1- It is perfectly legal to drink alcohol in public in South Korea. People may carry their own containers with their preferred alcoholic beverage and sip it in public, no matter the occasion.
2- South Koreans drink roughly twice as much alcohol than Russians. Don’t worry, we were surprised too… With a long tradition of drinking, especially when it comes to their favourite ‘magical’ alcoholic drink- Soju, South Koreans have managed to come out on top of a notorious drinking nation.
3- At least 20% of South Korean men wear make-up, and it is totally acceptable in their culture. Although make-up is slowly becoming more popular across the globe, South Korean men have been adorning these cosmetics long before it became a new trend.
4- K-Pop music is the country’s third largest export. The Korean Pop music genre has blown up across the globe in recent years, Psy was one of the first artists to put K-Pop on the map with his popular hit ‘Gangnam Style’ and then many boy and girl bands followed, such as BTS and BlackPink. Koreans view these artists as some of the top superstars in their country.
5- South Korea is home to Haesindang Park, famous for being an erotic theme park with penis statues and a penis themed restaurant at Deulmusae. It’s hard not to miss this restaurant because of all the ‘jaji’ (penises) lining the path leading up to the restaurant.
6- In Boryeong there is an annual mud festival that takes place for 14 days, every summer. What started as a commercial stunt to sell cosmetics containing mud, has now become a popular and fun tradition across both western and local communities in the area.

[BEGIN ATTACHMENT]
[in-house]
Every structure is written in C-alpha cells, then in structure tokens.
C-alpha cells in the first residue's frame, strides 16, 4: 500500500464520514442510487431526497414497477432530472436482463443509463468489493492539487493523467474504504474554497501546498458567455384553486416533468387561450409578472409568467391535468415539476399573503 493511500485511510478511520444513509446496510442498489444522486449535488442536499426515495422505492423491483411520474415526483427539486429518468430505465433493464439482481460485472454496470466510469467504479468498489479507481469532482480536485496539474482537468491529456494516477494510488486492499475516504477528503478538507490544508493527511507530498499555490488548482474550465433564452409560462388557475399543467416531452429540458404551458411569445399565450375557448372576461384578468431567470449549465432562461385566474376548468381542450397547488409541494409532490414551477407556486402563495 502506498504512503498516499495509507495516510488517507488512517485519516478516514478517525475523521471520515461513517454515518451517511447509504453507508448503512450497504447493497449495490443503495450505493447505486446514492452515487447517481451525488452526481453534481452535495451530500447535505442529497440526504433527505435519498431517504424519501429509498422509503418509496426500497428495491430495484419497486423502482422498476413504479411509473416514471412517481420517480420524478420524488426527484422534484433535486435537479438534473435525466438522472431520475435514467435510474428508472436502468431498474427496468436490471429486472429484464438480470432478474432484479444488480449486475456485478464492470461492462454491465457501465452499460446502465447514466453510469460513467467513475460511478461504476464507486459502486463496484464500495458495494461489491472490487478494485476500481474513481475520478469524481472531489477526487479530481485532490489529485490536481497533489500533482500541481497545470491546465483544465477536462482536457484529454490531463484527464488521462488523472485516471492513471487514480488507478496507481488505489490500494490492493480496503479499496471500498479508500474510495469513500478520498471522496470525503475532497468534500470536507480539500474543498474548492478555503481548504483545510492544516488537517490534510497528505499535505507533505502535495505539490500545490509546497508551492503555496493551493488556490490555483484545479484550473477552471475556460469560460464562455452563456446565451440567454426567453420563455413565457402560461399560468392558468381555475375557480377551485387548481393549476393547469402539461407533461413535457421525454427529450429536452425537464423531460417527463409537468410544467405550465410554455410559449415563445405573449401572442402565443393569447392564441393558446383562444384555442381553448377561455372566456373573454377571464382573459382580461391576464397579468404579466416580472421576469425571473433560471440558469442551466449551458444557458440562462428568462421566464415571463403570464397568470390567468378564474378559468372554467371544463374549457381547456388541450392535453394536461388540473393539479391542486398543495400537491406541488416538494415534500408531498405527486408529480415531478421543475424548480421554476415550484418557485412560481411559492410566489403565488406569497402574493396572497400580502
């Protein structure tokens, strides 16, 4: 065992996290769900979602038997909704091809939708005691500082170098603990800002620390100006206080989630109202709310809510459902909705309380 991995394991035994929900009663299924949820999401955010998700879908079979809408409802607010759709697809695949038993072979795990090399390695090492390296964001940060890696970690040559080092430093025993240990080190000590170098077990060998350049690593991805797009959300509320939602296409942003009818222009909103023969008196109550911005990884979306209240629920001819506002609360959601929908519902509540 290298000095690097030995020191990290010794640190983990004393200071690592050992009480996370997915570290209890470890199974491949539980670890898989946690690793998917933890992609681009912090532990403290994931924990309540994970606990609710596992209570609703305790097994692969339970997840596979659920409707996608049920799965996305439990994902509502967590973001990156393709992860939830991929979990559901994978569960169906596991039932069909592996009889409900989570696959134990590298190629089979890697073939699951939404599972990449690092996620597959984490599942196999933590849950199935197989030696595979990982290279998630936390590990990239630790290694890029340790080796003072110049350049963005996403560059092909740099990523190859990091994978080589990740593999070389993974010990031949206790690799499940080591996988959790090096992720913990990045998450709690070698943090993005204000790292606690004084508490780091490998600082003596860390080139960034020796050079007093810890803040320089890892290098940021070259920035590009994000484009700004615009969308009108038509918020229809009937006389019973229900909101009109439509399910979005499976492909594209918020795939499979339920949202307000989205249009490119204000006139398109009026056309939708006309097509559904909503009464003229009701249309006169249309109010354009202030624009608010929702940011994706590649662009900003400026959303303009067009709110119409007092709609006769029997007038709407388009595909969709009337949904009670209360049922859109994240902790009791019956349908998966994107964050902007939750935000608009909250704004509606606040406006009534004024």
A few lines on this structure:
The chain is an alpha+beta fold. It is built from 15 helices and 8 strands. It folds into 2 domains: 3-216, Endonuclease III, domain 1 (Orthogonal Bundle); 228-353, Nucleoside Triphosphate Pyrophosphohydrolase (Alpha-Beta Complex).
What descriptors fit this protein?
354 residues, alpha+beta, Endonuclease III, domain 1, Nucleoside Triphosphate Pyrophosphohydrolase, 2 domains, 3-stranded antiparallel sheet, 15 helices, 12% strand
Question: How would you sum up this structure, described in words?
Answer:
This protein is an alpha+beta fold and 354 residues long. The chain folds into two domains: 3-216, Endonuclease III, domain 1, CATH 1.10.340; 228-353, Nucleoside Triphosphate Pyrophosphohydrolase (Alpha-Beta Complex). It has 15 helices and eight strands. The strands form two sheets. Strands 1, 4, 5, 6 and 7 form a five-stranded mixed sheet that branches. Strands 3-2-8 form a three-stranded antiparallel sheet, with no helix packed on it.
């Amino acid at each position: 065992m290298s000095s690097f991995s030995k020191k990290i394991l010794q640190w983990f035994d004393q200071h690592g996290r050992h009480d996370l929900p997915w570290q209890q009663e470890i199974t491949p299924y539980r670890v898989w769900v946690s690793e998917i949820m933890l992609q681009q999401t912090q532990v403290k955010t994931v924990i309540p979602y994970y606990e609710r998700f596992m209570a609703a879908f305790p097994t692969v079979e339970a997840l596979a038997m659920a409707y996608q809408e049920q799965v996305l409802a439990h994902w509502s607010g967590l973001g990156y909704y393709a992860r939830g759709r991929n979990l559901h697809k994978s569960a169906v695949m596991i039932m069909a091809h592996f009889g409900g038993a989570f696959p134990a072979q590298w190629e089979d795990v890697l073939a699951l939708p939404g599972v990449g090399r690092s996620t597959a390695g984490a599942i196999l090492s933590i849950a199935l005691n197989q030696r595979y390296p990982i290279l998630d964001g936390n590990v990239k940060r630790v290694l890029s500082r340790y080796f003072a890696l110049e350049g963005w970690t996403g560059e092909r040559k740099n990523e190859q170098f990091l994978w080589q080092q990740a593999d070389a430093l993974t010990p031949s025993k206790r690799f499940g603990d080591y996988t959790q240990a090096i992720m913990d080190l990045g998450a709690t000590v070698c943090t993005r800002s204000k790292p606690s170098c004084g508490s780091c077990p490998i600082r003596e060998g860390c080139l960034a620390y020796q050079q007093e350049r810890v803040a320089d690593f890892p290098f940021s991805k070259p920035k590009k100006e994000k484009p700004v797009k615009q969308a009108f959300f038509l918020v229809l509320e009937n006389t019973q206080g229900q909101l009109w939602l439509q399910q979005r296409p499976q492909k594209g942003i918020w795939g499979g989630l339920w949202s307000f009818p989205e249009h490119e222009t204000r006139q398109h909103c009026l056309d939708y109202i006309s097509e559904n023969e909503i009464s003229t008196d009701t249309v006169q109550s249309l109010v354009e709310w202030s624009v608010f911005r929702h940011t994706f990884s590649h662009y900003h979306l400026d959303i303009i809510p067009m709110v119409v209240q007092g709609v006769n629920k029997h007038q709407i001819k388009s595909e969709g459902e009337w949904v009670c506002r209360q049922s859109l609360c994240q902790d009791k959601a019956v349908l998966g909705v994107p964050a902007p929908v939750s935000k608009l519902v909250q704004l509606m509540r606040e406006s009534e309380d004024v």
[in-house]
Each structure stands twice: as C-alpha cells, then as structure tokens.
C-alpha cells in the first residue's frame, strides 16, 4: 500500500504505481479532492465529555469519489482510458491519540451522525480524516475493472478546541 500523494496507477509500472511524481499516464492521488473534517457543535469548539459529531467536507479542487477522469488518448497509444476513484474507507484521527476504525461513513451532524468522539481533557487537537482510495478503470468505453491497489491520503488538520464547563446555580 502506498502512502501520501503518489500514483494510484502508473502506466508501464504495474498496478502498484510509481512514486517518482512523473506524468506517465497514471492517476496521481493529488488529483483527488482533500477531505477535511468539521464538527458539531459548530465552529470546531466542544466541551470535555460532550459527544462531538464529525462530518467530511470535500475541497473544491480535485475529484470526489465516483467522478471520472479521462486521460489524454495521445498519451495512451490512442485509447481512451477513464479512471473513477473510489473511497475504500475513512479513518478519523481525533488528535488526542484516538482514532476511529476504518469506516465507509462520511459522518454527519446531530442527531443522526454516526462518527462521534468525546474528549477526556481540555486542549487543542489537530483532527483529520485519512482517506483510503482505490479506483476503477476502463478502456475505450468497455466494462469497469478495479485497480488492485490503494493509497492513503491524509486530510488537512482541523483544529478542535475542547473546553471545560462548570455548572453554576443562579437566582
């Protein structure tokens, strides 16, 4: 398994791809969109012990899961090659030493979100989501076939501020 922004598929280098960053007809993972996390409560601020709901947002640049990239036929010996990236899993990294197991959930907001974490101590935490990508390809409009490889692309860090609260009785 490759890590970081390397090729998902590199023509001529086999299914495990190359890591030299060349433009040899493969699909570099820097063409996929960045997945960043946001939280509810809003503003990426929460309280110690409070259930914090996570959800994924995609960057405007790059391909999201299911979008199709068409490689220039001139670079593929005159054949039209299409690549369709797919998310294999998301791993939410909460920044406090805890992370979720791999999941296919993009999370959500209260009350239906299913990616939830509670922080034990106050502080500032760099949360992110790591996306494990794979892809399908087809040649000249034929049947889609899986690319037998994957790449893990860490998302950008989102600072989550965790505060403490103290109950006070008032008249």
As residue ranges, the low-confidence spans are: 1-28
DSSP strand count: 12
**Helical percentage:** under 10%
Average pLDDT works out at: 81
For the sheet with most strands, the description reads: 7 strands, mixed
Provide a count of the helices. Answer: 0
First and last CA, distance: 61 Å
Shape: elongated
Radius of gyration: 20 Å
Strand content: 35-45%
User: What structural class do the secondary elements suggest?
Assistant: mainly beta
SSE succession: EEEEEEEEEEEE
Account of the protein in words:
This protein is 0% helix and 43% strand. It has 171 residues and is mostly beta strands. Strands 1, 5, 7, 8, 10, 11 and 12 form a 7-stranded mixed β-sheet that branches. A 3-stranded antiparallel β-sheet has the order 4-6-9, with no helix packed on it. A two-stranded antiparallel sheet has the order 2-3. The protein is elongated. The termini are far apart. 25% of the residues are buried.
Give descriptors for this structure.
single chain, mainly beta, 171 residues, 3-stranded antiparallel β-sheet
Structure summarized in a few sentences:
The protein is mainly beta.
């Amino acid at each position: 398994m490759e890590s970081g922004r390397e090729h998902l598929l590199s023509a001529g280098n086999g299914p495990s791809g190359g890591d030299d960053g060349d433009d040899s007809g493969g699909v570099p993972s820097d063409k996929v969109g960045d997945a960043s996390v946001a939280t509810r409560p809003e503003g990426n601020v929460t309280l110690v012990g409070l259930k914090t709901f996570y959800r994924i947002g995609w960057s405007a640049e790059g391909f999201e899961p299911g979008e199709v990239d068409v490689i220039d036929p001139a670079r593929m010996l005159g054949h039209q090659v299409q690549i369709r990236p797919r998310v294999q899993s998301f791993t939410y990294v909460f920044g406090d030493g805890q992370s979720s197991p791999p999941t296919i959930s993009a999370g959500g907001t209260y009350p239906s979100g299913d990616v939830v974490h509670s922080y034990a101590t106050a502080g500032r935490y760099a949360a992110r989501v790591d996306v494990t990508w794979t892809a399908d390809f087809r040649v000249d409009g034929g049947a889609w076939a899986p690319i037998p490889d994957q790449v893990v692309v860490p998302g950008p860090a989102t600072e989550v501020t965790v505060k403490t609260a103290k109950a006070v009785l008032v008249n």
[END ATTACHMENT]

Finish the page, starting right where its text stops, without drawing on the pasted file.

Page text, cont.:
7- On average 60% of South Koreans use a professional when trying to pick their children’s names. Many parents will spend a lot of time and money deciding on a name for their child. South Koreans believe that a person’s name can determine their destiny and therefore with a child’s future on the line, it’s important to come up with a perfect name.
8- In the South Korean culture, a person’s blood type is said to be related to their personality traits. Instead of asking what your star sign is, Koreans are far more interested in knowing your blood type in order to understand your personality better.
9- When taking a photo, you will often hear South Koreans say ‘kimchi’ instead of cheese. Kimchi is a spicy and sour side dish that is a famous staple in the Korean culture and a popular phrase of theirs when capturing pictures.
10- Most restaurants across South Korea, including Mc Donald’s, offer a food delivery service. Some restaurants even deliver food with real plates for their customers.
What is South Korea Famous For?
South Korea is also famous for some interesting and quirky reasons. Aside from our favourite facts listed above, there are other reasons why they are famous;
- South Korea is a technology heaven for digital junkies. Slow internet is completely unheard of. Locals and tourists never have to wait for their internet to speed up as they are ranked as one of the best countries for the fastest internet speed connection.
- South Korea is home to one of the best airports in the world. The Incheon International Airport offers travelers state of the art facilities during their transit, such as; indoor gardens, a golf course, a casino, spa’s, free showers and saunas.
- The busiest flight path on the earth, is found in South Korea due to the 280-mile hop from Seoul to Jeju airport. Over 26 million travelers use the Jeju airport, with a staggering 64 991 departures between the two airports, recorded in 2017.
- Believe it or not, South Korea is the breakdancing capital of the world. The country has danced its way to the top of this ranking over the last few years, after the explosion of K-Pop has put them on the map.
Wrapping Up Our Favourite Facts About South Korea
There are a wide variety of facts that make South Korea the fascinating country that it is. It is a highly developed country that still remains true to its culture. Their modern conveniences of today still mix equally with their deep-rooted history and traditions.
Immersing yourself in this unique culture and experiencing their way of life could be one of the best travel experiences of your life. If you do decide to visit, we hope this article helped shed some light on what weird and wonderful things you can expect during your time there.